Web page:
PacificNG Header
PacificNG Header 
Printer-Friendly Format
Nevada \ Pacific Tungsten Co.
Reference Data.

Corporate Ownership.
Nevada Humboldt Tungsten Mining Co.
1917 – 1918
Humboldt Tungsten Mining Co.
Pacific Tungsten Company
1919 – 1947

Last Updated: April 30, 2017

Pacific Tungsten Company.

Located 7 miles northwest of Mill City lies Tungsten, a town built around the holdings of the Pacific Tungsten Company. Tungsten was discovered in the area shortly before WWI. During 1917 several mining claims were filed, in March 1917 the Stank mine was filed. Near the Sutton claim a town called Camp Sutton was built. Camp Sutton would later become Tungsten. Regular ore shipments from the area started in November 1917, utilizing teamsters to haul the ore 7 miles to Mill City where it was loaded aboard the Central Pacific Railroad and shipped 50 miles to Lovelock and then to a mill at Tuolon. Only high grade ore was processed in this manner, lower grades remained sacked and XXXX.

W. J. Loring acquired several tungsten mines in March 1918 and incorporated the Pacific Tungsten Company to manage them. These mines consisted of the Stank mine (Bakersfield Copley Group, later Durnen Group), the Banner, Olsen, and Florence mines. The company purchased the neighboring Mill City Tungsten Mining Company in XXX 1918. As part of the deal they agreed to build a new mill of 100-ton capacity to serve both mining groups which was completed on November 11, 1918. This large, modern mill was built as a result of demand for Tungsten for WWI by the Pacific Tungsten Co.

The mill operation included a 24” gauge tramway, reported to be 3 ½ miles long in 1918. A single locomotive of an unknown type was used to haul 3-yard steel ore cars from the mines to the mill. Ore from the Mill City Mining Co. was shipped to Pacific Tungsten’s mill. The mill also processed the ore from the neighboring Humboldt Tungsten Mining Company, which was a separate company managed by L. A. Freidman.

Mill City Development Co. founded by both companies, Humboldt Tungsten Mining Company and the Pacific Tungsten Co. to build water and power lines from the mouth of Rochester Canyon to the town site of Tungsten and the mills. (33 miles long)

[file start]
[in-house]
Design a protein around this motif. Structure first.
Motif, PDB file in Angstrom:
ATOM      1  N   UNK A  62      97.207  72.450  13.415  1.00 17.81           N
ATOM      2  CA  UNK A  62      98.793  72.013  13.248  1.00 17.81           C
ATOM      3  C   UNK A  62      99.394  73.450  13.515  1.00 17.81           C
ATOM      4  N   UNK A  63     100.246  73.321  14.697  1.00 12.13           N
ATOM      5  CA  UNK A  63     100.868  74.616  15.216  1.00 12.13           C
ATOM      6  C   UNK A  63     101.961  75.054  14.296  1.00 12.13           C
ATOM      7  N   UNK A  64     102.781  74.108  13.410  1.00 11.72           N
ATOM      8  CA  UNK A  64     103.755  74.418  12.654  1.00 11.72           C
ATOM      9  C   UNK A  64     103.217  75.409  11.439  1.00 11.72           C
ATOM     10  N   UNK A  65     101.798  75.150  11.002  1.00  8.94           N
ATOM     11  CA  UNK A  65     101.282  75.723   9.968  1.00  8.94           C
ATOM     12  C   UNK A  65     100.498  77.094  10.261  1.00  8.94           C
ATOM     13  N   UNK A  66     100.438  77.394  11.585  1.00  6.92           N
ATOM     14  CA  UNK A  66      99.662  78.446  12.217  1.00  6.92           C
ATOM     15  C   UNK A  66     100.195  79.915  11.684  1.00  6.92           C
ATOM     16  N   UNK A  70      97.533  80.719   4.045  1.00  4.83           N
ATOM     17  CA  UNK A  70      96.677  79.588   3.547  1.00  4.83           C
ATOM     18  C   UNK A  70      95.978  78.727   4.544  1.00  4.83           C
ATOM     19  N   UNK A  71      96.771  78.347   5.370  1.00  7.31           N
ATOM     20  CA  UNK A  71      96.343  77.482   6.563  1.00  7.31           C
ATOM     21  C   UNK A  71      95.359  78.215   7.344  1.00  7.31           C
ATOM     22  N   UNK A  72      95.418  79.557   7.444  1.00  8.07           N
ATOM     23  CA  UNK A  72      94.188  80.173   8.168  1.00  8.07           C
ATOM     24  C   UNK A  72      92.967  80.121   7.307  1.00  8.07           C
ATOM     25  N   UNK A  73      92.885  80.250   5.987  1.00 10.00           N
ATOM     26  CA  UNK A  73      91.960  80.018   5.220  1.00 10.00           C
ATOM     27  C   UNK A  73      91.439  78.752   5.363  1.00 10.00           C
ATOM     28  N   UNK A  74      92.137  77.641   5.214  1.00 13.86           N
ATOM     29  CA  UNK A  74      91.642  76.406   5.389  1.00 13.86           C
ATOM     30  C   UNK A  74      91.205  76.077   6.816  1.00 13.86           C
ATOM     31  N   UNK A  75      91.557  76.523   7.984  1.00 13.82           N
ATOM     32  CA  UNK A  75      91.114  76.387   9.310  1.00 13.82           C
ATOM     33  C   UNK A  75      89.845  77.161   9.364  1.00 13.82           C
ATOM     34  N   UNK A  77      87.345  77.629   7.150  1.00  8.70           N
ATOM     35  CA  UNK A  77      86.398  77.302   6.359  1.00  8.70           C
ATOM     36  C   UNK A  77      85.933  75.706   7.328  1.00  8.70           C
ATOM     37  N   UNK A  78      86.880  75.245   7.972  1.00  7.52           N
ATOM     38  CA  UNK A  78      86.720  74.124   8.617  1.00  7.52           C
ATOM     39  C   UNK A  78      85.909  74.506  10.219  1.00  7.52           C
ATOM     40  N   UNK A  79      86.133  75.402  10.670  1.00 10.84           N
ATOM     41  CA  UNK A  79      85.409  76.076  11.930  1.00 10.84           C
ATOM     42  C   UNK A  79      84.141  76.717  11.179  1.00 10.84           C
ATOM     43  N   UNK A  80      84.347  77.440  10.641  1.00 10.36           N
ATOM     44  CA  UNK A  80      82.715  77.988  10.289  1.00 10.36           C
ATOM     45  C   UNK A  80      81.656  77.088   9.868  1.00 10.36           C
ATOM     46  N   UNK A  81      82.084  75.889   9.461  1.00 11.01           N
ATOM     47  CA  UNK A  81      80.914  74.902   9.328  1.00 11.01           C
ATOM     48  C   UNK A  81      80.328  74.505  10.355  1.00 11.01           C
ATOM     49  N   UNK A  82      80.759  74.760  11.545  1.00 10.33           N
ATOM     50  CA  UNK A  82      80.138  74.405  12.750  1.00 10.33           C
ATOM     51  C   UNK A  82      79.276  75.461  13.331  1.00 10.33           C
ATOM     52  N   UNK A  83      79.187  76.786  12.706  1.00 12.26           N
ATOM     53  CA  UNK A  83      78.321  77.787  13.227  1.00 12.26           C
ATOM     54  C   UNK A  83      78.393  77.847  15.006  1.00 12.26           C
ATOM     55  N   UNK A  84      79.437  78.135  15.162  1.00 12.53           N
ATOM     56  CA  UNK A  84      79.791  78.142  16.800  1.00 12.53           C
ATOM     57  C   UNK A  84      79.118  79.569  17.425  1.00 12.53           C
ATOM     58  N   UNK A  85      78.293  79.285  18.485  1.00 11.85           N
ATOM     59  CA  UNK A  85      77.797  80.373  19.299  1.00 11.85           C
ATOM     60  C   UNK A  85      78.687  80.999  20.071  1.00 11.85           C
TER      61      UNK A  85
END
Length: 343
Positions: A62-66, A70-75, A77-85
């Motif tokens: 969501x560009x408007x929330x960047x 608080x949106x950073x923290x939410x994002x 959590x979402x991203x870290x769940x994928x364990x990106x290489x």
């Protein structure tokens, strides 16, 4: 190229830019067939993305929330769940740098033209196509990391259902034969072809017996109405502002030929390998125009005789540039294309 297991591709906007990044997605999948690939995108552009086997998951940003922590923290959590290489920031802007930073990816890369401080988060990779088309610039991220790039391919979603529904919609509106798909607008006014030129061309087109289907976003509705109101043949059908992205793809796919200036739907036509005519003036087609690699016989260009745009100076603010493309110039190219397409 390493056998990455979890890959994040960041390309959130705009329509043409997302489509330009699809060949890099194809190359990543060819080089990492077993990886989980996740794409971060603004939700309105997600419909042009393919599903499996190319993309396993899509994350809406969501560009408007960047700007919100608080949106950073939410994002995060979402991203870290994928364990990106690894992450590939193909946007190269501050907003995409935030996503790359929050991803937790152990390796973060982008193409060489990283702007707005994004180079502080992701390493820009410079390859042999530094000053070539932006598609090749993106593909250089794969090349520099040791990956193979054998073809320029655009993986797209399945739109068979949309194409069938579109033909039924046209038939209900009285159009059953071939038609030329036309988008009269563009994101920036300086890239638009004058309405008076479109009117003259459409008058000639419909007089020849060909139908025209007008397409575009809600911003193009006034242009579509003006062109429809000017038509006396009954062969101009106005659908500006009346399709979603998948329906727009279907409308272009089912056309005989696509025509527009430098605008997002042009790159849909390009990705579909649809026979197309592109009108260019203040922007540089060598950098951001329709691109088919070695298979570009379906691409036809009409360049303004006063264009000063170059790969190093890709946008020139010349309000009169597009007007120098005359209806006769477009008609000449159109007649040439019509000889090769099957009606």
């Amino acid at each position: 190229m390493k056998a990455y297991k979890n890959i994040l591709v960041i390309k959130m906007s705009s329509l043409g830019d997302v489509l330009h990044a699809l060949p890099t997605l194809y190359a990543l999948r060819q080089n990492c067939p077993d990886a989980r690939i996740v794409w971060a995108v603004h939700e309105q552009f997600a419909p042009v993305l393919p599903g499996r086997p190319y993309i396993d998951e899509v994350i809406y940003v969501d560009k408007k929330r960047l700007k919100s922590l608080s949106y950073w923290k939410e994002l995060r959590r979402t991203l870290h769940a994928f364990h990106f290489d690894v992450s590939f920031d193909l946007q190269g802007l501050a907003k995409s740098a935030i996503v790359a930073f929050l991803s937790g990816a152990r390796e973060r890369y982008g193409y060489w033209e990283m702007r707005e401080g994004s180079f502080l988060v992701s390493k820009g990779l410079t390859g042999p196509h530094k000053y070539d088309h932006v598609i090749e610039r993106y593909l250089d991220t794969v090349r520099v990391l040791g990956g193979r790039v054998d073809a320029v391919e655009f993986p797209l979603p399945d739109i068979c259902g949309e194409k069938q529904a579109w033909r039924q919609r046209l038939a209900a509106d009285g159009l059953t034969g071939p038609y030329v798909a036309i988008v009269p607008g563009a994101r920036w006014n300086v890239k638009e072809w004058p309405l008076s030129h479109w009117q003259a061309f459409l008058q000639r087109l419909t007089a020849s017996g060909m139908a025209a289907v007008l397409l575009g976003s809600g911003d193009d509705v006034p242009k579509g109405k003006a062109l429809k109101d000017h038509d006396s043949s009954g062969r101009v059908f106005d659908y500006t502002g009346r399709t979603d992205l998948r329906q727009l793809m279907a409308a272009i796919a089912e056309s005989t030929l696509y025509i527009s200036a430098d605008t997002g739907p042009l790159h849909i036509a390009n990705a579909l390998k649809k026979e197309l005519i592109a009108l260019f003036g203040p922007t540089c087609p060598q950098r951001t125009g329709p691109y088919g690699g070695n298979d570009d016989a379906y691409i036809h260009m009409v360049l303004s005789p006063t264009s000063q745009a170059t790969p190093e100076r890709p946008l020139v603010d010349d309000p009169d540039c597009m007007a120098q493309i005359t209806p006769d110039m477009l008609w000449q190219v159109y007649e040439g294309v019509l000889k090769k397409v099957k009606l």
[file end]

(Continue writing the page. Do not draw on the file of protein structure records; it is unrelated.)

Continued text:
During 1917 – 1918 the company produced 12.749 tons of ore, which yielded 2.28% tungsten per ton. In 1918 tungsten was a major industry in Nevada, during that year the state produced a third of the United States tungsten output. Falling demand and prices lead to the mill being closed in Feburary 1919, just two months after it was built. With the end of WWI, the price of tungsten dropped to $1.50 per ?, the mines shut down as a result.

In 1922, the government put a tariff on imported tungsten. Though it was hoped the tariff would restore profitability to the company, it struggled until 1924 when the company was $350,000 in debt. In 1925 the creditors of the Pacific Tungsten Company formed the Nevada-Massachusetts Company and acquired the Pacific Tungsten Co. by suing the Pacific Tungsten Company for the credit owed, and purchasing the company at sheriff’s auction in 1926 for $500.00 . They then acquired the remaining shares of the Mill City Tungsten Co. along with the Mill City Development Co. and the Humboldt Tungsten Mining Company in 1927. Entered arrangement to purchase Humboldt Corp in 1927 and was purchased completely in 1928. Mill City Dev and Humboldt Tungsten Mining Co to the Humboldt Corporation in 1929.

Around 1927 the company acquired two second-hand Plymouth DL-2 locomotives. In 1933 the Nevada-Massachusetts Co. purchased the remaining stock of the Mill City Development Co. and By the 1930s the company produced most of the nation’s supply of tungsten.

During World War II the town of Tungsten grew, with the company employing 280 men. The town, for a time, was the second largest in Pershing County and boasted 110 residential and office buildings, a library, post office, school mercantile and boarding house.

It may have occasionally closed with the depression, then reopened for WWII and the Korean war. The mill remained in operation until 1949 when it shut down. (Tariff reduced, low demand and low metal prices over all)

On December 24, 1949 Patrick McCarran, Nevada’s United States senator announced the Nevada-Massachusetts would reopen on January 2. The mine remained in operation until 1962.

The entire operation came under the controll of General Electric in the 1970s and new buildings constructed. Despite the heavy investment into the property, the mine operated briefly before shutting down in 1982. Today the group of claims makes up the mine is known as the Springer Mine, owned by Silver Predator. The current owners hope to re-open the dormant mine.

Revised: August 10, 2017.
Paul Kerr, Geology of Tungsten Deposits Near Mill City Nevada, Nevada Bureau of Mines, Bulletin No 28, No 2, 1934.
History of Mill City Development Co. by C. H. Segerstrom
History of Pacific Tungsten Co. by C. H. Segerstrom

Reference Material Available Online:


Collected Pacific Tungsten Company Photographs.
Images collected from private collections, libraries and historical societies.

Nevada \ Pacific Tungsten Co.
[ Back ]